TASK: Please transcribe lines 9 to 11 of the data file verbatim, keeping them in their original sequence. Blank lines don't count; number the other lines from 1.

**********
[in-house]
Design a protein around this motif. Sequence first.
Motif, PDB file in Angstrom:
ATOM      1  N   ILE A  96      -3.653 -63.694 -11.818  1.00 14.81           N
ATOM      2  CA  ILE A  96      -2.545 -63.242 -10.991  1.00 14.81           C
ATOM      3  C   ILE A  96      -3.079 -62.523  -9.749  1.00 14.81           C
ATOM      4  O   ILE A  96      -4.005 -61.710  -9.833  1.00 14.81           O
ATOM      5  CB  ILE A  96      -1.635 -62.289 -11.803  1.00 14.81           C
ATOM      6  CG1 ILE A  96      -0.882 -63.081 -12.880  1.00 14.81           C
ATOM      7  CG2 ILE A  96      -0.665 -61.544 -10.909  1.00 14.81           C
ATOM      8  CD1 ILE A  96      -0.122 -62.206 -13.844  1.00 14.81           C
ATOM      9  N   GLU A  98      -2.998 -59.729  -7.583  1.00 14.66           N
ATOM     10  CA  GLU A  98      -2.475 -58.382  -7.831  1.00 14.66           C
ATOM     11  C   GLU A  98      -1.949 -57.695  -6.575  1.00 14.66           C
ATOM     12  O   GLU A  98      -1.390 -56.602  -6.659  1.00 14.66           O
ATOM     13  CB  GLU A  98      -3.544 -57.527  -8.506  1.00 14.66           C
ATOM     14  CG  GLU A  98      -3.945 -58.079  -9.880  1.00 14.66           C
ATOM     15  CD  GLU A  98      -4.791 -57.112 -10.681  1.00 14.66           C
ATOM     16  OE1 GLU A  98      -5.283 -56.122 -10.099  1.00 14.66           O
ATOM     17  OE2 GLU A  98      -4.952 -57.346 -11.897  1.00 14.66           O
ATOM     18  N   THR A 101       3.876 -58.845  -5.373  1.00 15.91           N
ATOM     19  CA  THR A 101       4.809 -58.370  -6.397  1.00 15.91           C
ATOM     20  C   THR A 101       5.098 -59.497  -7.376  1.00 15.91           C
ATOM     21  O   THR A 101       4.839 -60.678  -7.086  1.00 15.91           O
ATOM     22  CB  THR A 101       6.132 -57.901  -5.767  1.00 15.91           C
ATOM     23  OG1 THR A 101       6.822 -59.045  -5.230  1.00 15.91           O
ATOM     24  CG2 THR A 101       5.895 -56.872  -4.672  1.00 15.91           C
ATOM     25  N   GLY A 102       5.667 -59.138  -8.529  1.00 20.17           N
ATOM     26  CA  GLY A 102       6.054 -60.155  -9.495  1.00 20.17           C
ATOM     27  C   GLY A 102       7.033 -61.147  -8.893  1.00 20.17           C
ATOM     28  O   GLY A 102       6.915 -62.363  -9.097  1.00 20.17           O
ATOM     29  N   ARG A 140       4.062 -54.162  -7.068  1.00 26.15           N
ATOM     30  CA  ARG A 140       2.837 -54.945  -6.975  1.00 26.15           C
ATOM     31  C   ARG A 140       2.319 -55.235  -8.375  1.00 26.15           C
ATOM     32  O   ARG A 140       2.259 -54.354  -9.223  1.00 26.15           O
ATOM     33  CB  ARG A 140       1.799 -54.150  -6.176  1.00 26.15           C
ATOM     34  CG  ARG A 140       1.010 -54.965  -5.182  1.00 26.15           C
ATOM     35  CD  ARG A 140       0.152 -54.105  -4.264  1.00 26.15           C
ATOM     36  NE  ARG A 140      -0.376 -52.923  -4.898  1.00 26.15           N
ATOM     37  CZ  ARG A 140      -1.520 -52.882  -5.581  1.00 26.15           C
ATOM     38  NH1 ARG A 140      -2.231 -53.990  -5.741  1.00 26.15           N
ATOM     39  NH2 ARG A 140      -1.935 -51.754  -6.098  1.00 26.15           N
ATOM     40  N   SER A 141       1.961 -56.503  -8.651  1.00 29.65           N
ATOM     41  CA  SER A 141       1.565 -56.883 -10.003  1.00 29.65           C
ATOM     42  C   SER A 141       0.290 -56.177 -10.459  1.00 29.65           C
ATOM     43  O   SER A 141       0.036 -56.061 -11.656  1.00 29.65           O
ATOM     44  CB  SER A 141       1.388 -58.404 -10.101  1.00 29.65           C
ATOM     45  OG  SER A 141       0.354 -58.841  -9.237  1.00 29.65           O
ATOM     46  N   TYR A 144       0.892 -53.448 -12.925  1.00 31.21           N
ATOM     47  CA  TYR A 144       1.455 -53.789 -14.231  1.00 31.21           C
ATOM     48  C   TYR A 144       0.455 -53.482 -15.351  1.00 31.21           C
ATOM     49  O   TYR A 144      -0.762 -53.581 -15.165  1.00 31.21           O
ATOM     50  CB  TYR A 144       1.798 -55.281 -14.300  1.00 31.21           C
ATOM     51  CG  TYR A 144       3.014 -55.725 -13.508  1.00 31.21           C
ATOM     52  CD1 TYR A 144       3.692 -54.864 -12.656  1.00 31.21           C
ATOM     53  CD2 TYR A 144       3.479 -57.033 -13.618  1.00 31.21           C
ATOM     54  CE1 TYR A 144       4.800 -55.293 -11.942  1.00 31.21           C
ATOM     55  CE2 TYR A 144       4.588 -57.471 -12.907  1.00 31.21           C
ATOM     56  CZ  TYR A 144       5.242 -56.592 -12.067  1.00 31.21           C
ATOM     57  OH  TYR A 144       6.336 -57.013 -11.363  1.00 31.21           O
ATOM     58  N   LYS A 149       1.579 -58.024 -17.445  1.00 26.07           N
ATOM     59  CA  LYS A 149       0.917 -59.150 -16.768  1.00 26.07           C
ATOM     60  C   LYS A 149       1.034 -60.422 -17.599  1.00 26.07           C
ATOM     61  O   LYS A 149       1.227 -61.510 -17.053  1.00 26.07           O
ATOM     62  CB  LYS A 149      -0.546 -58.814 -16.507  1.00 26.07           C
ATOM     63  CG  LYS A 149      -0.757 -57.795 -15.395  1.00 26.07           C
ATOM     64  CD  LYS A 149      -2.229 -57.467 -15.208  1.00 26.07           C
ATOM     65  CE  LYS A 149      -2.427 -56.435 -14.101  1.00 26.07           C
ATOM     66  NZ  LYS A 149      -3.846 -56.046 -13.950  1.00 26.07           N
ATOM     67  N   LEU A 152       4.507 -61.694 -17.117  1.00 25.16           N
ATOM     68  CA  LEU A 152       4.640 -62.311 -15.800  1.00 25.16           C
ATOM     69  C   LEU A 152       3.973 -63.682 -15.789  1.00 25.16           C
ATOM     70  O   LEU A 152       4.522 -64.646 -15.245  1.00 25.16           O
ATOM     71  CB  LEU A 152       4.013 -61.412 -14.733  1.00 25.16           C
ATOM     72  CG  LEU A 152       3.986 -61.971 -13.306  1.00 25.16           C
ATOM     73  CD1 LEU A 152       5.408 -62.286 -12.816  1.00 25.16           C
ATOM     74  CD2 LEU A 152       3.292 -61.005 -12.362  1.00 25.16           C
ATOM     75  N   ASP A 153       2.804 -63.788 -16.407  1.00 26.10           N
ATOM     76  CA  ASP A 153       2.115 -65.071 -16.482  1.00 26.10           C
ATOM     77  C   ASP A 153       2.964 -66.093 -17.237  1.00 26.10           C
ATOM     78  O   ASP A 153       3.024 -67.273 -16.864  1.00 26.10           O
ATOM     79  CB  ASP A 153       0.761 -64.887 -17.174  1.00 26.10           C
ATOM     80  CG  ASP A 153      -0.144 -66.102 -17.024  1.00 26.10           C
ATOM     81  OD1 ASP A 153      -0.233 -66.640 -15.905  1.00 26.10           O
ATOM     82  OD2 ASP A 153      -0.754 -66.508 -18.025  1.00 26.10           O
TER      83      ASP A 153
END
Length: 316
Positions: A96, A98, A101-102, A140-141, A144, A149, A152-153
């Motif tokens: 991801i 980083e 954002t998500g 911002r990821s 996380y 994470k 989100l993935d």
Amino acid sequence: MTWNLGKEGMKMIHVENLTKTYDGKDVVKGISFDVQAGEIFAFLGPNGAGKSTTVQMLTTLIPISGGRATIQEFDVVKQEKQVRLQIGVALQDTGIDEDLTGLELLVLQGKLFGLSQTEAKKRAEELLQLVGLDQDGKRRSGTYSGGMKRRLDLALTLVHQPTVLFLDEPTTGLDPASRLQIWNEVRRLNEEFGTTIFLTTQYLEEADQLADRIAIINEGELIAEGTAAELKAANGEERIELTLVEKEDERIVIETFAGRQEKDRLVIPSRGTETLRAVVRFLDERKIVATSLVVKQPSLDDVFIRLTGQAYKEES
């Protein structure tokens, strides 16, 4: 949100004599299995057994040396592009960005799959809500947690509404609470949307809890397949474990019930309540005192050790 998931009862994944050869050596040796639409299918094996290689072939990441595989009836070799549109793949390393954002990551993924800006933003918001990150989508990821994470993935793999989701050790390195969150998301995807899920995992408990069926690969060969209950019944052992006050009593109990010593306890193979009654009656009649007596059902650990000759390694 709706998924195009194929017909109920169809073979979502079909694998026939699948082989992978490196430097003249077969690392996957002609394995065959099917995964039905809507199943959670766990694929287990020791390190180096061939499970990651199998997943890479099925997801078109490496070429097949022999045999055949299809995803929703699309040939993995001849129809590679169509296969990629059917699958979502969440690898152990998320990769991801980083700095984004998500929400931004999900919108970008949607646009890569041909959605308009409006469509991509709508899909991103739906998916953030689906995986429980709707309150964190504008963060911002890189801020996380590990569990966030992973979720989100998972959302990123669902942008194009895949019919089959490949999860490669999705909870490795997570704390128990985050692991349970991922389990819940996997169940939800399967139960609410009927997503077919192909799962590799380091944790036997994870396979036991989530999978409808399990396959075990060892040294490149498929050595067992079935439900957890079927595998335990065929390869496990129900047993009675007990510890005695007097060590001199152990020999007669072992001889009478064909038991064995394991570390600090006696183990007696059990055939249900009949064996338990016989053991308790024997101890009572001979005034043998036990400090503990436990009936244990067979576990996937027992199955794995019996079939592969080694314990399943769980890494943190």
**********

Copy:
ATOM      6  CG1 ILE A  96      -0.882 -63.081 -12.880  1.00 14.81           C
ATOM      7  CG2 ILE A  96      -0.665 -61.544 -10.909  1.00 14.81           C
ATOM      8  CD1 ILE A  96      -0.122 -62.206 -13.844  1.00 14.81           C